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Appears in Collections:Aquaculture Journal Articles
Peer Review Status: Refereed
Title: The potential impact of compositional changes in farmed fish on its health-giving properties: is it time to reconsider current dietary recommendations?
Author(s): de Roos, Baukje
Sneddon, Alan
Sprague, Matthew
Horgan, Graham
Brouwer, Ingeborg
Keywords: Fish intake
Dietary recommendations
Fish fatty acids
Issue Date: Aug-2017
Citation: de Roos B, Sneddon A, Sprague M, Horgan G & Brouwer I (2017) The potential impact of compositional changes in farmed fish on its health-giving properties: is it time to reconsider current dietary recommendations?. Public Health Nutrition, 20 (11), pp. 2042-2049.
Abstract: Assessment of national dietary guidelines in a number of European countries reveals that some are based on cohort studies, focusing on total seafood consumption, while others are based on the content of EPA and DHA, distinguishing between oily and other fish. The mean actual intake of fish in most countries is around or below the recommended intake, with differences in intake of fish being present between sex and age groups. Many people do not reach the national recommendation for total fish intake. Dietary recommendations for fish and EPA/DHA are based mainly on data collected more than 10 years ago. However, methods of farmed fish production have changed considerably since then. The actual content of EPA and DHA in farmed salmon has nearly halved as the traditional finite marine ingredients fish meal and fish oil in salmon diets have been replaced with sustainable alternatives of terrestrial origin. As farmed salmon is an important source of EPA and DHA in many Western countries, our intake of these fatty acids is likely to have decreased. In addition, levels of vitamin D and Se are also found to have declined in farmed fish in the past decade. Significant changes in the EPA and DHA, vitamin D and Se content of farmed fish means that average intakes of these nutrients in Western populations are probably lower than before. This may have consequences for the health-giving properties of fish as well as future dietary recommendations for fish intake.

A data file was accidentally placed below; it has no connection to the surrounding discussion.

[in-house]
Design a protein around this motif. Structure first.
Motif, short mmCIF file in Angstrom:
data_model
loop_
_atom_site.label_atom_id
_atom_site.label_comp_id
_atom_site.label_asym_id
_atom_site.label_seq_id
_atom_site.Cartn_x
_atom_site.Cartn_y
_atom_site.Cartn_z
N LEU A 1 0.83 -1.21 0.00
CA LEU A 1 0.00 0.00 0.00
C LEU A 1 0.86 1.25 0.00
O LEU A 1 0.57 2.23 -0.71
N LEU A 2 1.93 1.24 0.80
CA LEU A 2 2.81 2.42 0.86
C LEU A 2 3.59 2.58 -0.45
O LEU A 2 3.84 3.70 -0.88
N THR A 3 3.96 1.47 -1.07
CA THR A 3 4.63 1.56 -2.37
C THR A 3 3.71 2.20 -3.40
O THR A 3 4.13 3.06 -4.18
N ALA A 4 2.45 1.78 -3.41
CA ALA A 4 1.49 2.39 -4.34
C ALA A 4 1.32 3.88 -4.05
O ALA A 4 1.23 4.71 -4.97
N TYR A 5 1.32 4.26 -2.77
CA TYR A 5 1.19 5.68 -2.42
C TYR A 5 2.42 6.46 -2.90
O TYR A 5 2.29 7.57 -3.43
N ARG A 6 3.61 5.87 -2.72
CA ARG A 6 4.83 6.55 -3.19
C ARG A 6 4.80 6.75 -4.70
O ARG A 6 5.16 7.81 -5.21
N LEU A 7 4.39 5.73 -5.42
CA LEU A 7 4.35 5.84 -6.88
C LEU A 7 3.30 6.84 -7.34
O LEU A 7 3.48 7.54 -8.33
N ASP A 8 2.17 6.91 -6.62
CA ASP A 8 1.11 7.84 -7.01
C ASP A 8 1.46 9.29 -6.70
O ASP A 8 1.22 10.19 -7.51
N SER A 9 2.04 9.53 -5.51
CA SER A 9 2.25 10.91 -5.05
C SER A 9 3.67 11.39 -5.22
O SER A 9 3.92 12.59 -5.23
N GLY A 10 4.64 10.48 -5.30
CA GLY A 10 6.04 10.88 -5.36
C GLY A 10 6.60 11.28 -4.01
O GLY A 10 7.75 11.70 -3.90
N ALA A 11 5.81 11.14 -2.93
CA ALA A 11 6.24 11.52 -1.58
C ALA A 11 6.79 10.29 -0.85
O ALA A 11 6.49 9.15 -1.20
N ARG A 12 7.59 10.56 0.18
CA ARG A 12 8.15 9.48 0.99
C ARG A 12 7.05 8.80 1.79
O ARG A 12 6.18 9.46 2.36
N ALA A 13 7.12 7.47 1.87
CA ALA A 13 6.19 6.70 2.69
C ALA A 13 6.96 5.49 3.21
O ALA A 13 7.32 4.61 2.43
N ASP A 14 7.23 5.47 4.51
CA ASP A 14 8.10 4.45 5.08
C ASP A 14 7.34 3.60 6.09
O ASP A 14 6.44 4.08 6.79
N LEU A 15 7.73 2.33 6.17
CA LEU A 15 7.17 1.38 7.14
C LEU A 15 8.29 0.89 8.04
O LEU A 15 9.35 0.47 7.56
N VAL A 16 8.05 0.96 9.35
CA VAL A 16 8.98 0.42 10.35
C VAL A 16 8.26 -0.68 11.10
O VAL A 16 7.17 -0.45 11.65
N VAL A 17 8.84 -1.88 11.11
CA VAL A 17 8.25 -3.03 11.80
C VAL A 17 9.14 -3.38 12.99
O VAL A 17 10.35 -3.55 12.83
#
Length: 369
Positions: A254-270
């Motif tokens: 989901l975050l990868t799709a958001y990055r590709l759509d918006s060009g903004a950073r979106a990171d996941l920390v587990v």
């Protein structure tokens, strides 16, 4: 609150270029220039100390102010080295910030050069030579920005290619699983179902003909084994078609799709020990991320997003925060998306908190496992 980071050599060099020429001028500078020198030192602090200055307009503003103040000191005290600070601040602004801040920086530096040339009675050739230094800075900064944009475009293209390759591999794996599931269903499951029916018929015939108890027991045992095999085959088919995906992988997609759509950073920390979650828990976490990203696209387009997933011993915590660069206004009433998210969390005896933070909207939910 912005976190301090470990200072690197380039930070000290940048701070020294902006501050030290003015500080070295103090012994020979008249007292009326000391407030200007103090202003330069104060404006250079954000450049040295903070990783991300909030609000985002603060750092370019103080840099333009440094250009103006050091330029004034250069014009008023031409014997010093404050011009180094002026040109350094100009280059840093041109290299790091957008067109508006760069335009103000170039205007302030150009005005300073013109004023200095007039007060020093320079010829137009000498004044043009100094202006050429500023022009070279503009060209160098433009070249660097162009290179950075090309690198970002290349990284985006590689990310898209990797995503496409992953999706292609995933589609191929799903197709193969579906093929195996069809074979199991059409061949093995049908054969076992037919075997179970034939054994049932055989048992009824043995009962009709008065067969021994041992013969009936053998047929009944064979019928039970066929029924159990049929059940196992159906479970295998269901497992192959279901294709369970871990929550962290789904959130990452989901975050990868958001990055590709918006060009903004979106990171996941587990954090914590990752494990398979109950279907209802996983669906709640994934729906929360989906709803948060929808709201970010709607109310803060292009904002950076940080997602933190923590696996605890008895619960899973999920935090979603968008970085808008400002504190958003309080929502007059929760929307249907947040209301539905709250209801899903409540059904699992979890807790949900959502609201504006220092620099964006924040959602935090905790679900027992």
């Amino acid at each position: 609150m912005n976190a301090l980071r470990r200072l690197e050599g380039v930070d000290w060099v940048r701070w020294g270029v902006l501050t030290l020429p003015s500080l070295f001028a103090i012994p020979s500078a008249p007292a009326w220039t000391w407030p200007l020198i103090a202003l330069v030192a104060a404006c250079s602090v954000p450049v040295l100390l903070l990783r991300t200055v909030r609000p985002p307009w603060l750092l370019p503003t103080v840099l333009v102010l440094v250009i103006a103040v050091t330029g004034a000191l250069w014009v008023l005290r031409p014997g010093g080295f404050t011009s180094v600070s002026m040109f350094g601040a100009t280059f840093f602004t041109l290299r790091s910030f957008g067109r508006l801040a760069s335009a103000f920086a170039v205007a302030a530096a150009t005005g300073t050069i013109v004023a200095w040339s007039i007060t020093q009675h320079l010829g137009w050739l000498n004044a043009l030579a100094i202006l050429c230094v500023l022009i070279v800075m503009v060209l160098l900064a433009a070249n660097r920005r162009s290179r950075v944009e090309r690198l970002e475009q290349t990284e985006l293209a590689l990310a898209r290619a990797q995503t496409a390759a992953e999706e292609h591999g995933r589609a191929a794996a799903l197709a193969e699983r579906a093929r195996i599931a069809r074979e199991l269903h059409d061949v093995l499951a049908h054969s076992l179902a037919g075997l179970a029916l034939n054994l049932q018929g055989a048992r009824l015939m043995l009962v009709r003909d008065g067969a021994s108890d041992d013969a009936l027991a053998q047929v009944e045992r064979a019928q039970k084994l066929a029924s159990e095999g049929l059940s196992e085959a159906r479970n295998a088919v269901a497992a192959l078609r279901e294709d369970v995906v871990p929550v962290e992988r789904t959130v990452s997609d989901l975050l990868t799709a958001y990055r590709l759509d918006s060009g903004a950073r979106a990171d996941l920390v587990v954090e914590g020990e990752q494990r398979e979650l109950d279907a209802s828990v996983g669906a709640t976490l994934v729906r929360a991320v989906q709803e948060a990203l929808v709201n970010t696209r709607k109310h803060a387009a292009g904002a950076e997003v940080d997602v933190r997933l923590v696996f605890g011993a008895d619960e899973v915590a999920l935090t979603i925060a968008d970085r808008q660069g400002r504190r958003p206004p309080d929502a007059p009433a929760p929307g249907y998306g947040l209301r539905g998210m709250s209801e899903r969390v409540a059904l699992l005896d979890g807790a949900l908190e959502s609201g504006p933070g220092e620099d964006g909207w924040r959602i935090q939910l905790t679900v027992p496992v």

DOI Link: 10.1017/S1368980017000696
Rights: This article has been accepted for publication in Public Health Nutrition published by Cambridge University Press. This version is free to view and download for private research and study only. Not for re-distribution, re-sale or use in derivative works. © The Authors 2017

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